I’ve wrritten recently about Robert Green, one of the most authoritative voices in our industry. Here he addresses mobile technologies, collaboration tools, and workflows.
On the surface, it sounds like a good riddle:
Question: When is a CAD manager not like a CAD manager?
Answer: When he or she is busy managing everything but CAD applications.
This riddle is no joke, however. Thanks to dramatic changes in workflows, collaboration solutions, and hardware technology, being a CAD manager now requires mastery of a wide variety of skills that have no connection to CAD — that is, until you think about the problem more deeply.
What types of new skills am I talking about? I’ll get into that. But first, in this edition of the CAD Manager’s Newsletter, I’ll explain the changes underlying these new CAD management challenges. Here goes.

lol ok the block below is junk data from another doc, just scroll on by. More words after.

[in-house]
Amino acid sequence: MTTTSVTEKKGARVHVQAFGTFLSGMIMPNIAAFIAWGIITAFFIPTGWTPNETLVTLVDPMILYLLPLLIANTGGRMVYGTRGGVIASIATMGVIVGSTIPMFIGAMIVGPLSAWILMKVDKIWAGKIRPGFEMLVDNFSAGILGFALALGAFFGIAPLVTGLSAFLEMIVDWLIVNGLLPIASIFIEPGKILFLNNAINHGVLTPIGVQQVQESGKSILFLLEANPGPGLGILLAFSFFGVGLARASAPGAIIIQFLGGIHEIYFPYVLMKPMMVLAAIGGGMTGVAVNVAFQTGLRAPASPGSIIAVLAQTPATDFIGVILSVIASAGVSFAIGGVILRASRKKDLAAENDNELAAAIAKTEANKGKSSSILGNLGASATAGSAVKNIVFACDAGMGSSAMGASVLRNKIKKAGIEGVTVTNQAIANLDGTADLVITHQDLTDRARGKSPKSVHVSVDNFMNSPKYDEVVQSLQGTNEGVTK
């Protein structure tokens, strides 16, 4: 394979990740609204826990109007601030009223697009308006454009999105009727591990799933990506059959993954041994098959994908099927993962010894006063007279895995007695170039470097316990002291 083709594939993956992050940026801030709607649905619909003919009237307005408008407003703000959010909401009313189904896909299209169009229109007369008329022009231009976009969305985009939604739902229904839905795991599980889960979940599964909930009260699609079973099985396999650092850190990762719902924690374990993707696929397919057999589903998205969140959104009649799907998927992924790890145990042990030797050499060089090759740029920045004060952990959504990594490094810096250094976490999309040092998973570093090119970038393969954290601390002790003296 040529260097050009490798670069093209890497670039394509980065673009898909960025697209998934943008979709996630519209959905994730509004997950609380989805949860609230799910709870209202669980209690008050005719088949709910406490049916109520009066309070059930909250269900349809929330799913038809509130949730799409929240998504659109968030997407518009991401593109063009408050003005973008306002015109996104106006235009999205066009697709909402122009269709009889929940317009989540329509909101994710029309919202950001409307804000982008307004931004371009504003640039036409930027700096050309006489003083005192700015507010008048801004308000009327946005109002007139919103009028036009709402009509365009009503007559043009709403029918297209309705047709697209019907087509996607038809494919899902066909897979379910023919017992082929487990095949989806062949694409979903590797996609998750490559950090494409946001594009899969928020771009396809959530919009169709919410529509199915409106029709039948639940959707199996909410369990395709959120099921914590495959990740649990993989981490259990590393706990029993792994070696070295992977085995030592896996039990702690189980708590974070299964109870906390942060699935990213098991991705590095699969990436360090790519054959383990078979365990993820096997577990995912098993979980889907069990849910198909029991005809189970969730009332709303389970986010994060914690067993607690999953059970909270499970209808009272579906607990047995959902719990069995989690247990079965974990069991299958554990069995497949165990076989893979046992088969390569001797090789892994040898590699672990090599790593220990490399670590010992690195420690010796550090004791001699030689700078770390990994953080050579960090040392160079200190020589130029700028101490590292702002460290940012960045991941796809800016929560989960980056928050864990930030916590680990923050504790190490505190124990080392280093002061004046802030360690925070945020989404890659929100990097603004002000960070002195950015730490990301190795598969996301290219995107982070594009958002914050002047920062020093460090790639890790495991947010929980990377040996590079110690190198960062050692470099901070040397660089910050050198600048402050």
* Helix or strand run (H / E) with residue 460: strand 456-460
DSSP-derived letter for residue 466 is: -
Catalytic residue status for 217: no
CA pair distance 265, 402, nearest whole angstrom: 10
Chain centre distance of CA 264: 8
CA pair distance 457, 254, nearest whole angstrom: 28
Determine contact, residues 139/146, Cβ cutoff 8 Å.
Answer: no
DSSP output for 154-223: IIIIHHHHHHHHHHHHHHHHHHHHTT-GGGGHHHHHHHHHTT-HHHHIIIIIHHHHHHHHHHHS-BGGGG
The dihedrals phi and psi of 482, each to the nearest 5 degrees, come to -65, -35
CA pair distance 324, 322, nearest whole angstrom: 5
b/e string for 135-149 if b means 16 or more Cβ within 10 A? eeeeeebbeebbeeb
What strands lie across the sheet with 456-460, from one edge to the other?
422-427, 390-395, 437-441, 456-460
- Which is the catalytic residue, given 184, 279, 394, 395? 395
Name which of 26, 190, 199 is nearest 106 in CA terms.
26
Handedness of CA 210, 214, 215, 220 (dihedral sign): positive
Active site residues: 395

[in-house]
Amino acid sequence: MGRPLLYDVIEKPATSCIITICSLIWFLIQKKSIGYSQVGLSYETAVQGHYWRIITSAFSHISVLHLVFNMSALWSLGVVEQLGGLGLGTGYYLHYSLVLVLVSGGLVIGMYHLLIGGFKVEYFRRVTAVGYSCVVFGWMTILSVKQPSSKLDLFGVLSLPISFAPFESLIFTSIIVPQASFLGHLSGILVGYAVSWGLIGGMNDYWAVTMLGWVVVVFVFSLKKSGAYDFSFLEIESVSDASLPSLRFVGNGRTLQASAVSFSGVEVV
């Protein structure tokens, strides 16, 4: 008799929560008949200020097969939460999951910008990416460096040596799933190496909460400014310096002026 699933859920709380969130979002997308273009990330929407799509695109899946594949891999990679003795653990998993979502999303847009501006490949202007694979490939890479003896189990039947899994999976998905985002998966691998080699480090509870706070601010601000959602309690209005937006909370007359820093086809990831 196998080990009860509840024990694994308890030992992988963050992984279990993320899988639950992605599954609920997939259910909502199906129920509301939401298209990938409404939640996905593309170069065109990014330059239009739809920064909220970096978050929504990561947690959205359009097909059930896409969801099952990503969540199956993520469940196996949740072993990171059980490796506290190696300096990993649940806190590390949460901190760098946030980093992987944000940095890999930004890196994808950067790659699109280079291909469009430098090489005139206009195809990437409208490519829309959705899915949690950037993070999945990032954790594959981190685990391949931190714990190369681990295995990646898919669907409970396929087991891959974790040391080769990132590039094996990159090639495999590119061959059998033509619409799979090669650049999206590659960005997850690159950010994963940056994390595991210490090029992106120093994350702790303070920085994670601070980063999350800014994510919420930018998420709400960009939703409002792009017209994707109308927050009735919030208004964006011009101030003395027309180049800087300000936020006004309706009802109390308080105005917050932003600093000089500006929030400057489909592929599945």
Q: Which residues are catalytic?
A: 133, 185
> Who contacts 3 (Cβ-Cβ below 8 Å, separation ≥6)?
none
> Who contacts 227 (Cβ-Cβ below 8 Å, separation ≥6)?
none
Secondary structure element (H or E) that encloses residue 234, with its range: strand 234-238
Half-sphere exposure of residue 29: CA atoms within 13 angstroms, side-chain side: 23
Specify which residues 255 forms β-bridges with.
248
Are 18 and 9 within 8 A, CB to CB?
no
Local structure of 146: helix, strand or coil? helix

What’s Not Really Changing
I contend that of all the parts we must manage to have successful CAD projects, software is the piece that is likely to change the least. Sure we have new software updates, but are they really revolutionary? Is there anything in the latest releases of AutoCAD, SolidWorks, Revit, or MicroStation that is earth-shatteringly different from recent versions? Not really. Software is changing, but it is doing so in subtle ways that don’t require users or CAD managers to fundamentally rethink software strategy.
While there are some new functions within CAD tools that require investigation and training — such as point clouds and reality capture — the basic concept of modeling and documenting designs isn’t all that different than it has been for several years, especially now that most companies are using 3D modeling or building information modeling (BIM) already.